Rajah J.,Sheikh Khalifa Medical City |
Thandrayen K.,University of Witwatersrand |
Pettifor J.M.,University of Witwatersrand
European Journal of Pediatrics | Year: 2011
Abstract Rickets remains a common problem among infants and children in many countries worldwide. Although the classical presentation associated with bone abnormalities is well known, paediatricians need to be aware of atypical presentations, especially in the first 6 months of life. Furthermore, although vitamin D deficiency rickets remains the commonest form of rickets in most countries, health care providers need to be aware of other possible causes and their typical clinical and biochemical presentations. This article discusses these and highlights the characteristic features of various forms of rickets and possible pitfalls clinicians should be aware of when confronted with a patient with suspected rickets. In conclusion, the recent advances made in understanding the underlying pathogeneses of the various forms of rickets has helped to delineate the diagnostic tests that assist in the diagnosis and management of the disease in children. © Springer-Verlag 2011.
News Article | October 28, 2016
· Continued good growth and results despite holiday period · Our client is pleased with of our initial work at Sheikh Khalifa Medical City Ajman (SKMCA) · Our new management team is now in place and leading the development of SKMCA Third quarter 2016 · Sales revenues increased to SEK 189.1 million (160.4) and organic growth amounted to 15 percent (7) · EBITDA amounted to SEK 7.4 million (1.1) · EBITDA margin amounted to 3.9 percent (0.7) · Result after tax (EAT) amounted to SEK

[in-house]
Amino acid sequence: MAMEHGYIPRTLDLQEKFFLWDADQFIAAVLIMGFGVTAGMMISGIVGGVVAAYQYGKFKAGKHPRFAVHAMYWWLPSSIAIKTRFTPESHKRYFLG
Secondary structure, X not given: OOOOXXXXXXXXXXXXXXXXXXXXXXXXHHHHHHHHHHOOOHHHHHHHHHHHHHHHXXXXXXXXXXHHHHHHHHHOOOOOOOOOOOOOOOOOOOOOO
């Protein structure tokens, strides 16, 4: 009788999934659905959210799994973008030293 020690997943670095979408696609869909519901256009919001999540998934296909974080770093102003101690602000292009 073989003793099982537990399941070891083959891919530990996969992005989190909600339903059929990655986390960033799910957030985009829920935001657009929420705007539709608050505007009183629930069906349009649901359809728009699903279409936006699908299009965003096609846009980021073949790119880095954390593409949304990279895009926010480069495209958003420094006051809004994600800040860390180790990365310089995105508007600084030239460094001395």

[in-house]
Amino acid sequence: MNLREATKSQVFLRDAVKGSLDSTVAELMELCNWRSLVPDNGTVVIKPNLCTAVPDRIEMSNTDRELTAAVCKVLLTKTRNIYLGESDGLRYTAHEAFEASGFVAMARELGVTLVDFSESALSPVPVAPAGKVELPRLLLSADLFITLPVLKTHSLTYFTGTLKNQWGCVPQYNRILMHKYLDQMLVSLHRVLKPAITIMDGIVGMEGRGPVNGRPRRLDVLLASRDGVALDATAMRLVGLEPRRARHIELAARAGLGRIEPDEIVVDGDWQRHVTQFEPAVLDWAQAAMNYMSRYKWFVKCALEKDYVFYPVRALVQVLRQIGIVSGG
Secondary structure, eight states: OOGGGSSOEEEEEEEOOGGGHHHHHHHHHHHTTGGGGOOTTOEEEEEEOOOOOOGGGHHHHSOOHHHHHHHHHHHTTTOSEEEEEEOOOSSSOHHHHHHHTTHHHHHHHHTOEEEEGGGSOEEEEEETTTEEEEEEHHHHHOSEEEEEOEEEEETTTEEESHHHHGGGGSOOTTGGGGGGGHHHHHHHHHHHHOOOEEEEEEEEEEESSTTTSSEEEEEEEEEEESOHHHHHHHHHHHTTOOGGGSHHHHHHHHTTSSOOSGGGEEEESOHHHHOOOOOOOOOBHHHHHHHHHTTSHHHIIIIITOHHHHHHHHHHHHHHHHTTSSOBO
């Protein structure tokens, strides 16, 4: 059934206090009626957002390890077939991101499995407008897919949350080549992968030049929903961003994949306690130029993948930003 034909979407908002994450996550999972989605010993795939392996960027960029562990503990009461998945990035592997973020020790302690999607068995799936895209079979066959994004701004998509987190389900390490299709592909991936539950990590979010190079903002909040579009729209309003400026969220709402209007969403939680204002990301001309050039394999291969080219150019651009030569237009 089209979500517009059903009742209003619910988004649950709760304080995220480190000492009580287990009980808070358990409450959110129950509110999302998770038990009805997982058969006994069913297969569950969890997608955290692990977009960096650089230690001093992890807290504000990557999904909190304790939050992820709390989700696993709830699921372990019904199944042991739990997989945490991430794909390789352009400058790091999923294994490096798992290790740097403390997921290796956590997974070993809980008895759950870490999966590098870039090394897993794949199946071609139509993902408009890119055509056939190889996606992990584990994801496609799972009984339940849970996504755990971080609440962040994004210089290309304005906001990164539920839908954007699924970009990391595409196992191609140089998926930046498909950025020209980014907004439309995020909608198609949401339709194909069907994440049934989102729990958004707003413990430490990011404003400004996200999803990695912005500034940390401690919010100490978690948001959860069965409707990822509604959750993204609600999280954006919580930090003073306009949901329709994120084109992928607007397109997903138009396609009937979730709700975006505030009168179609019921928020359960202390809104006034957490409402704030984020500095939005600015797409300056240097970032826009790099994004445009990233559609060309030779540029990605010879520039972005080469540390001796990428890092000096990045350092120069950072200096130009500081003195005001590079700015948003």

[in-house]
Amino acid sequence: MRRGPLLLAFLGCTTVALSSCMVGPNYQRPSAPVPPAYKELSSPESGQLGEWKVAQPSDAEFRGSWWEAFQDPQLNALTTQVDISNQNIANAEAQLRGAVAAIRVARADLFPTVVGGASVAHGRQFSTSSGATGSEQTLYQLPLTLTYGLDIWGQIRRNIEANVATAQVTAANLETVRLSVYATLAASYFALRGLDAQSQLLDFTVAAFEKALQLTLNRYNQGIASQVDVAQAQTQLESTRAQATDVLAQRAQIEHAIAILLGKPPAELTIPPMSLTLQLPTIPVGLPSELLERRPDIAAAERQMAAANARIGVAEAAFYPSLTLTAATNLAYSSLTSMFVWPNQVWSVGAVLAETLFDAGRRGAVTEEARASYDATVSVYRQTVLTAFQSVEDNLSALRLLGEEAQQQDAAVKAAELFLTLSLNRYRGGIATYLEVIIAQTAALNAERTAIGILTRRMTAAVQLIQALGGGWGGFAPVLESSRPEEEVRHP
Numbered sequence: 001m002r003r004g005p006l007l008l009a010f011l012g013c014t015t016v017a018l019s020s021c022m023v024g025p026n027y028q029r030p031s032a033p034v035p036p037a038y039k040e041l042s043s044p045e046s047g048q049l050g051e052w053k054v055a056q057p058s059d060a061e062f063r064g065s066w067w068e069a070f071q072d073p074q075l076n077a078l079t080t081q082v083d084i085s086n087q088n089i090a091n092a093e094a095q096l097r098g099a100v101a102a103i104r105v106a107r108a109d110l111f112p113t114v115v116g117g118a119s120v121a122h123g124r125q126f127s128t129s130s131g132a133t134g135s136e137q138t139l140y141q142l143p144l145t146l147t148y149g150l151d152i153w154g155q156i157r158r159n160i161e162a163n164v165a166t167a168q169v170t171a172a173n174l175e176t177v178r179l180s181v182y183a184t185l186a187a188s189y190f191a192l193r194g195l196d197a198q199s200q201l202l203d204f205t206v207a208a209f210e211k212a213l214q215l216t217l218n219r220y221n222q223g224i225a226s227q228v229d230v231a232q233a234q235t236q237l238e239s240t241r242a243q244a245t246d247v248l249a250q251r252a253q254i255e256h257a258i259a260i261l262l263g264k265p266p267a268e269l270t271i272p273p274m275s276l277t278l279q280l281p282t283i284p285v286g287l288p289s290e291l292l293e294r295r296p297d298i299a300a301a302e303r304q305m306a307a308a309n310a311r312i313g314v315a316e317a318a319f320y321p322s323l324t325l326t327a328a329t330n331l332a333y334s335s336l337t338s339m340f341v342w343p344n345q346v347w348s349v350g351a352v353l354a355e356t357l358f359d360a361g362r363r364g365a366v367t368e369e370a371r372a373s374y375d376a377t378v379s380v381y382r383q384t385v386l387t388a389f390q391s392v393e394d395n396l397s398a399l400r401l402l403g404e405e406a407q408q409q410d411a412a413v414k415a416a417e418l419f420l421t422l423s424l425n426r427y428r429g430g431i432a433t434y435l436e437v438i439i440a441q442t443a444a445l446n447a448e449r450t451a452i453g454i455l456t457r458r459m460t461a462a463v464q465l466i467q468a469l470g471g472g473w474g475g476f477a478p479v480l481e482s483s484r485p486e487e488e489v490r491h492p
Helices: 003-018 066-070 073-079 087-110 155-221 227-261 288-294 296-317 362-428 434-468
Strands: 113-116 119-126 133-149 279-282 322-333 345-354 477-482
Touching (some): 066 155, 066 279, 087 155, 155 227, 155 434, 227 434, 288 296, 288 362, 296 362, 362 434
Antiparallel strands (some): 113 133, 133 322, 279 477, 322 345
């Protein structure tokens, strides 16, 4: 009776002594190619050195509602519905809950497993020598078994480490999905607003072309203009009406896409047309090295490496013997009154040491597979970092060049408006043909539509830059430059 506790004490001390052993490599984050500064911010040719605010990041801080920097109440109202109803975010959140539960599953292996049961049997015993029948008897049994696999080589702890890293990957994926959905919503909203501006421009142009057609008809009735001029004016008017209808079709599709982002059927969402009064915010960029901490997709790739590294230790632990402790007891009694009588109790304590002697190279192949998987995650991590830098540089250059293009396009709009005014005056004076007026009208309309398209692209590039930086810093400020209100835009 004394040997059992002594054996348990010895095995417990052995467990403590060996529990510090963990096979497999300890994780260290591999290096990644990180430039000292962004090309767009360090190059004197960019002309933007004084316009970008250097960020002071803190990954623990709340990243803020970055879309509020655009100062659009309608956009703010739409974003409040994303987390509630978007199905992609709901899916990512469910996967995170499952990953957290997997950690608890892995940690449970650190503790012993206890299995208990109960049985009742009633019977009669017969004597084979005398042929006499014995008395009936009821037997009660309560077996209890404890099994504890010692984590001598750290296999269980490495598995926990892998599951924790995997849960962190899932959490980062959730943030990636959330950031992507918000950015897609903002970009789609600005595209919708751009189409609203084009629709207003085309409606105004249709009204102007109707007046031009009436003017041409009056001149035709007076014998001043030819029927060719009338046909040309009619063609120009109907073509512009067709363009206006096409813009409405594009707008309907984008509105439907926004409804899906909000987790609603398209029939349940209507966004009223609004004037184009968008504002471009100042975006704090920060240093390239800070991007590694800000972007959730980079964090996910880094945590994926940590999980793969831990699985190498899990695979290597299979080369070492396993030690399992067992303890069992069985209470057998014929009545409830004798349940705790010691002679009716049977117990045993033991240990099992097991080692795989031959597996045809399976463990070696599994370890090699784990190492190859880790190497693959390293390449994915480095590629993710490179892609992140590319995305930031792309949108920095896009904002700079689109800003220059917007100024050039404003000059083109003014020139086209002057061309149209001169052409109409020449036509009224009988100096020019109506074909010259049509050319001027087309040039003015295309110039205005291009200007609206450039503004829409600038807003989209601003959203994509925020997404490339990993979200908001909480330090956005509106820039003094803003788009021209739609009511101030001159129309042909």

News Article | October 28, 2016
· Fortsatt bra tillväxt och resultat trots semesterperioden · Goda omdömen från vår uppdragsgivare på vårt initiala arbete i Sheikh Khalifa Medical City Ajman (SKMCA) · Vår nya ledningsgrupp är nu på plats och leder utvecklingen i SKMCA Tredje kvartalet 2016 · Försäljningsintäkterna ökade till 189,1 MSEK (160,4) och den organiska tillväxten uppgick till 15 procent (7) · EBITDA uppgick till 7,4 MSEK (1,1) · EBITDA-marginalen uppgick till 3,9 procent (0,7) · Resultat efter skatt (
News Article | October 28, 2016
GÖTEBORG, Sweden--(BUSINESS WIRE)--Regulatory News: GHP Specialty Care AB (STO:GHP) · Continued good growth and results despite holiday period · Our client is pleased with of our initial work at Sheikh Khalifa Medical City Ajman (SKMCA) · Our new management team is now in place and leading the development of SKMCA Third quarter 2016 · Sales revenues increased to SEK 189.1 million (160.4) and organic growth amounted to 15 percent (7) · EBITDA amounted to SEK 7.4 million (1.1) · EBITDA margin amo